Alfred Warren Smith: A KISS WITHIN THE CUP

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By Alfred Warren Smith

Drink to me only with thine eyes,

and I will pledge with mine.

Leave but a kiss within the cup

and I’ll not ask for wine.

The song was one of the smaller, basic, note-learning lessons as she began her piano lessons long ago, before the real beginning of her career taking root when the concert halls grew larger, and the itineraries more exotic.

But it was the words, not the music, that stuck with her.

Between concerts she’d find herself humming the melody, and at home, in her loneliness, she sang the words.


Resigning herself to maiden solitude, she was surprised when love kicked in the door and a man who surrounded her with a whirlwind of love and solace entered into her life. She gladly, gratefully, let him sweep her off her feet until she found herself at the altar in a flowing white gown.

She couldn’t see the well-wishers, the priest, or even the veil for all the tears she couldn’t stop crying.

Her groom only smiled, lifted the veil, wiped them away, and sealed his vows to her lips with his own.


As the day-to-day of marriage glazed over the passion of the wedding, she was sipping her tea one day when he said to her, “You always leave lipstick on the rim of your cups.”

“Do I?”

“Yes. You don’t need the lipstick, you know.”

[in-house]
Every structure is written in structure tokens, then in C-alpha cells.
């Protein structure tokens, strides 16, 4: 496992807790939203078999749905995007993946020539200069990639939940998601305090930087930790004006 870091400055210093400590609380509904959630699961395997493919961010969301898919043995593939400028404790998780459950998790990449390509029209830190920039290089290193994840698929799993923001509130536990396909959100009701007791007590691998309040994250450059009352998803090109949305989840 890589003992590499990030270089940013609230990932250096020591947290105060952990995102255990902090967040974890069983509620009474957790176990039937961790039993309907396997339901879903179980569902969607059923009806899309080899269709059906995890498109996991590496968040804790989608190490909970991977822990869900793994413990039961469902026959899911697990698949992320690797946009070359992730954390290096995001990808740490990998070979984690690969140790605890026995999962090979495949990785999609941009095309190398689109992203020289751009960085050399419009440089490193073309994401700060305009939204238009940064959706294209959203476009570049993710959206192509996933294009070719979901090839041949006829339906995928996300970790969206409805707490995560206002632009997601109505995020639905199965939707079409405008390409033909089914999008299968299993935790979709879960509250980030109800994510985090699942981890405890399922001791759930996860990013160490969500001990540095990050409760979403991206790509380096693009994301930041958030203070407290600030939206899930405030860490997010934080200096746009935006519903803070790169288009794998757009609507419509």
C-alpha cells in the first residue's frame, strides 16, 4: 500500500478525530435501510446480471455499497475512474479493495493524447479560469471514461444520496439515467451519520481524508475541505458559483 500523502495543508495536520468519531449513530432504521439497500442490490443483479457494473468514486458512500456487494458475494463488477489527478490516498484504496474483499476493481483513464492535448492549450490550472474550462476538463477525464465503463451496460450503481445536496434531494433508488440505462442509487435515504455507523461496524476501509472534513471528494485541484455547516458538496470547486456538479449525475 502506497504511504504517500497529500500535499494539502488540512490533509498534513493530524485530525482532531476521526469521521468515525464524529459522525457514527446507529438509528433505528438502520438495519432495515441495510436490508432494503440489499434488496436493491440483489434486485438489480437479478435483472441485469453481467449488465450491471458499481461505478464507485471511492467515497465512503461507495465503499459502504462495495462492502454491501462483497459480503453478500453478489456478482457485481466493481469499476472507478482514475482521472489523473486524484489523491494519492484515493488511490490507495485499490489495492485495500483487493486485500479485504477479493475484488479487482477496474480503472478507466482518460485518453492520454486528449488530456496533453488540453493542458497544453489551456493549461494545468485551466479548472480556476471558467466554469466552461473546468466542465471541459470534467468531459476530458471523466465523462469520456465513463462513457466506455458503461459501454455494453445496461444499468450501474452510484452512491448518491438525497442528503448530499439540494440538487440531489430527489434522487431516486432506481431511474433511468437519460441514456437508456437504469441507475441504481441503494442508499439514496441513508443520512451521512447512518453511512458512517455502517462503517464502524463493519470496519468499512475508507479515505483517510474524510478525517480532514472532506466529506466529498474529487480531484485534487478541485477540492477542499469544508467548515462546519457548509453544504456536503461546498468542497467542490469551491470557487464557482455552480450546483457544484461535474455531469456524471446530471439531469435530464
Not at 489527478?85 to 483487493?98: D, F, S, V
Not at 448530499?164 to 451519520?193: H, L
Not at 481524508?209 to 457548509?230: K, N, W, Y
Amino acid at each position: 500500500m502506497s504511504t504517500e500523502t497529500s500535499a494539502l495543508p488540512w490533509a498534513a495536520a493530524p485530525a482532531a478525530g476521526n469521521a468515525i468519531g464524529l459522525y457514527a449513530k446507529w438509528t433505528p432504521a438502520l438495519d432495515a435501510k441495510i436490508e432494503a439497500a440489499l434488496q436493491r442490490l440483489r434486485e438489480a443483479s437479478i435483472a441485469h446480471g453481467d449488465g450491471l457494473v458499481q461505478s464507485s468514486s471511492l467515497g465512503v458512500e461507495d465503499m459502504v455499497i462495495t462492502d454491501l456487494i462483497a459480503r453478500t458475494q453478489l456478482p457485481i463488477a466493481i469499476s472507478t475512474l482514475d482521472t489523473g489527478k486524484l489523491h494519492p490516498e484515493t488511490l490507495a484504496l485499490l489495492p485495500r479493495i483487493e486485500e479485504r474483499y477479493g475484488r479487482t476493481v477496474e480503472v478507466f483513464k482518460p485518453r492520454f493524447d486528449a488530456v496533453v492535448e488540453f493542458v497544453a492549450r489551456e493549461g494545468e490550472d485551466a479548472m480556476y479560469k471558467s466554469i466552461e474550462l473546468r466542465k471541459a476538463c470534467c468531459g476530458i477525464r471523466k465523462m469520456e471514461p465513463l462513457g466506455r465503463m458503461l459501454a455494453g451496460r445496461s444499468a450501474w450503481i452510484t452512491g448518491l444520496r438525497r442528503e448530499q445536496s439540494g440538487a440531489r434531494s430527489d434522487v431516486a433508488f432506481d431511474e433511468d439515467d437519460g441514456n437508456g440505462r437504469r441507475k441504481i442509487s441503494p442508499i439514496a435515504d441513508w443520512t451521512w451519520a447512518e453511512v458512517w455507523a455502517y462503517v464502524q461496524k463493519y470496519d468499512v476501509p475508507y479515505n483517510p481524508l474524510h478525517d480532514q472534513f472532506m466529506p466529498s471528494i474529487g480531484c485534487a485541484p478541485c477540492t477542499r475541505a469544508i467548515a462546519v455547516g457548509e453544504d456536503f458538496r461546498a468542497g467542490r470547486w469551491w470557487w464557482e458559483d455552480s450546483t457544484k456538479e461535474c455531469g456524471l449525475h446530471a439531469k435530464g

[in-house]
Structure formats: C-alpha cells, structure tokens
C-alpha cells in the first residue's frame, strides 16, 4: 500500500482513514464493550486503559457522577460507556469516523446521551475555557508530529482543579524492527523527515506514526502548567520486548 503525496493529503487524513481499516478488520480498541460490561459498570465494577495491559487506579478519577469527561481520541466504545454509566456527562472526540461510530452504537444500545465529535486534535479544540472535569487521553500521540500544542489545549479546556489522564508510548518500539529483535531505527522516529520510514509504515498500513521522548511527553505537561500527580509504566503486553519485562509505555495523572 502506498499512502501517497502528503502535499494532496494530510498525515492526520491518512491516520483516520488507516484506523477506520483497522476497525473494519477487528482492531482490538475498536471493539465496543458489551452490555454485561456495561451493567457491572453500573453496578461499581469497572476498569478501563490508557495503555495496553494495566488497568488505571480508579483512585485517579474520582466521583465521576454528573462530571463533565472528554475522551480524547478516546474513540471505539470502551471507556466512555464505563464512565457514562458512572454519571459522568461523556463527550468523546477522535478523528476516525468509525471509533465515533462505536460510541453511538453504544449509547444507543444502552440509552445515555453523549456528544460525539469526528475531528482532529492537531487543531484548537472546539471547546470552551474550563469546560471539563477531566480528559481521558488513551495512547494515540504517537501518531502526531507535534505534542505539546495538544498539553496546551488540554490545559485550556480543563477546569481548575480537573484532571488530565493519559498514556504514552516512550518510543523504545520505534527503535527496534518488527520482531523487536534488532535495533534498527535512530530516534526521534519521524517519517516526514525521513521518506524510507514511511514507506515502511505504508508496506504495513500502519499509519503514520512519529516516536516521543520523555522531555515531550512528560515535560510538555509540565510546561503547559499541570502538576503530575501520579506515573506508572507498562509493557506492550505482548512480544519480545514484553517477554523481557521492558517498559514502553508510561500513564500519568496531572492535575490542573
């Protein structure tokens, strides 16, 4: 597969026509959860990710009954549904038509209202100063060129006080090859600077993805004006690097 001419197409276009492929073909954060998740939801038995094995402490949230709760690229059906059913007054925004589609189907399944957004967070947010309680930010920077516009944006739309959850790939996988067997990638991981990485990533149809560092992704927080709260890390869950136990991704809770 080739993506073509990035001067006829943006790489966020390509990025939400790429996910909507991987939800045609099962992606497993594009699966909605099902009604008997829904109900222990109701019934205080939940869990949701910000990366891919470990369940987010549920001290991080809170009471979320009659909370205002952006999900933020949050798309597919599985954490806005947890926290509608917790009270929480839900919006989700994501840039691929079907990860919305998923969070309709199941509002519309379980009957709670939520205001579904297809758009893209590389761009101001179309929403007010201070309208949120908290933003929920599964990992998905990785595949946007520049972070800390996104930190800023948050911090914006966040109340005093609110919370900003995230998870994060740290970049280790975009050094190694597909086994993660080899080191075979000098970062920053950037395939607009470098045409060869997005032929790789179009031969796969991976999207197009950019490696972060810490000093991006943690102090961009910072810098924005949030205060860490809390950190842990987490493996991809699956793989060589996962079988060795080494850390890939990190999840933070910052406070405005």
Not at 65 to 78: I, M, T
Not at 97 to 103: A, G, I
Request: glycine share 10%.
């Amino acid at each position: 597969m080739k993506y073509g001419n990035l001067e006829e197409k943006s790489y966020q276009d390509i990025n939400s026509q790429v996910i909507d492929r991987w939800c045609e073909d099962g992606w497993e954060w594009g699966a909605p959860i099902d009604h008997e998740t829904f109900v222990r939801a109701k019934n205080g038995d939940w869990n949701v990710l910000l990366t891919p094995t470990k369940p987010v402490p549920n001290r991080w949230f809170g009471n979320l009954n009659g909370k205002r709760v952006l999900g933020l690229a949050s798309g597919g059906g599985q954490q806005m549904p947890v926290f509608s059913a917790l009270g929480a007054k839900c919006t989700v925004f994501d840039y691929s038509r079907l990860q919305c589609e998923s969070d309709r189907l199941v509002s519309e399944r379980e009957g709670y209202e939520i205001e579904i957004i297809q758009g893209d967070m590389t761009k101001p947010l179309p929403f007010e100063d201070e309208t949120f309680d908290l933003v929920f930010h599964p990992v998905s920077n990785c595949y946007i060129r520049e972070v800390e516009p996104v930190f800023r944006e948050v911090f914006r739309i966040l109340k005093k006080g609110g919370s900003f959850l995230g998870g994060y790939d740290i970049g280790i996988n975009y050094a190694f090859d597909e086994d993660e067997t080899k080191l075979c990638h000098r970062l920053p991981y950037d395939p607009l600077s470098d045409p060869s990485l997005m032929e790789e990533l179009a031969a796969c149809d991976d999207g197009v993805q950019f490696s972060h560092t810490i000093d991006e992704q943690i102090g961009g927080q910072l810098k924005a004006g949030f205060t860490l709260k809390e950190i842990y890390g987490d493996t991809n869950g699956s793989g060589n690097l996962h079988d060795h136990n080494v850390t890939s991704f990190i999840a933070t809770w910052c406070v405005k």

“I suppose. I guess I’m just used to wearing it for the shows.”

“You’ve always done it, though. Champagne glasses, water bottles, everything bears the imprint of your lips.”

“Does it bother you that much?”

“It doesn’t bother me at all.”

“Then why bring it up?”

“I just find it odd, but endearing.”

She twirled the cup slowly with her fingers. “I suppose it goes back to my childhood. There was a song I used to play when I was just learning…”

She told him the lyrics.

“A kiss within the cup?” he said, teasing.

She smiled and blushed.

He took the cup from her hand and took her in his arms.

“Make me your cup tonight,” he said.


As the concert halls got smaller, so did the money, and so did his ability to supplement them.

“No one needs me,” he said.

“I do.”

He shook his head, and she kissed him and held him as the weight of the world began its inexorable press.


In the polar opposite of his courting, his fading away was slow and torturous. As she cared for him she fought through her own pains as the phone stopped ringing, and time exacted its large toll in small change.


There were cracks in the walls that let the drafts in now.

The view of the wooded fields was dimmed by the clouds in the sky and the cataracts in her eyes.

She heard, more than saw, the rain as it hit and streaked the filmy windows. Aware of the warm water on her own cheeks, rolling over the flaked red lipstick she’d applied to dry lips, she took a sip of her tepid tea and pressed them to the rim to leave the common mark he found so oddly endearing.

Turning her back on the dismal day to spend it with bright memories at the piano, now in dire need of tuning that would never be, she left the cup on the windowsill for him to see, pulled her robe tighter, and shuffled on slippered feet back to her loneliness. The atonal pitches of her quavering voice filled the silence.

“….Leave but a kiss within the cup,

and I’ll not ask for wine.

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